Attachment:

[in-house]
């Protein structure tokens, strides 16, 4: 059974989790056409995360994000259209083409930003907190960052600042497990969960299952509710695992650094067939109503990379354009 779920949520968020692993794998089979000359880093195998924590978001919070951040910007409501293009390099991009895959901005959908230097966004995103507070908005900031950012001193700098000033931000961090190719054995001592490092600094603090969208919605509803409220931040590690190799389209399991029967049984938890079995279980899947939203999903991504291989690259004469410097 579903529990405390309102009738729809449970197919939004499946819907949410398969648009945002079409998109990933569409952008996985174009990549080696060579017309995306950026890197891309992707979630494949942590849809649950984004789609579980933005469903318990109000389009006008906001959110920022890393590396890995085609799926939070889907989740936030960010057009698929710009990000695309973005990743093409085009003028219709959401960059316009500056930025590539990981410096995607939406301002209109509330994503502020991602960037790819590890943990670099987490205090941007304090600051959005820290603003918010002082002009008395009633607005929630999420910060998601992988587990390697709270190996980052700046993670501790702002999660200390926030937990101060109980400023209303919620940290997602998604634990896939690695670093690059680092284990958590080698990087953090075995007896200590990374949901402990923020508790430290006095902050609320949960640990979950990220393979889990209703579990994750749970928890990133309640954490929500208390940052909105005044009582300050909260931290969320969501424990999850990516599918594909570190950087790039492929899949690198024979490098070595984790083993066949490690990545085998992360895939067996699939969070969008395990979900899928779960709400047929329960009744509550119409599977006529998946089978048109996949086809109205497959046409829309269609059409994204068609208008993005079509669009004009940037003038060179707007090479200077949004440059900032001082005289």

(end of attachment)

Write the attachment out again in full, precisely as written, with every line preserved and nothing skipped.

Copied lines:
[in-house]
């Protein structure tokens, strides 16, 4: 059974989790056409995360994000259209083409930003907190960052600042497990969960299952509710695992650094067939109503990379354009 779920949520968020692993794998089979000359880093195998924590978001919070951040910007409501293009390099991009895959901005959908230097966004995103507070908005900031950012001193700098000033931000961090190719054995001592490092600094603090969208919605509803409220931040590690190799389209399991029967049984938890079995279980899947939203999903991504291989690259004469410097 579903529990405390309102009738729809449970197919939004499946819907949410398969648009945002079409998109990933569409952008996985174009990549080696060579017309995306950026890197891309992707979630494949942590849809649950984004789609579980933005469903318990109000389009006008906001959110920022890393590396890995085609799926939070889907989740936030960010057009698929710009990000695309973005990743093409085009003028219709959401960059316009500056930025590539990981410096995607939406301002209109509330994503502020991602960037790819590890943990670099987490205090941007304090600051959005820290603003918010002082002009008395009633607005929630999420910060998601992988587990390697709270190996980052700046993670501790702002999660200390926030937990101060109980400023209303919620940290997602998604634990896939690695670093690059680092284990958590080698990087953090075995007896200590990374949901402990923020508790430290006095902050609320949960640990979950990220393979889990209703579990994750749970928890990133309640954490929500208390940052909105005044009582300050909260931290969320969501424990999850990516599918594909570190950087790039492929899949690198024979490098070595984790083993066949490690990545085998992360895939067996699939969070969008395990979900899928779960709400047929329960009744509550119409599977006529998946089978048109996949086809109205497959046409829309269609059409994204068609208008993005079509669009004009940037003038060179707007090479200077949004440059900032001082005289």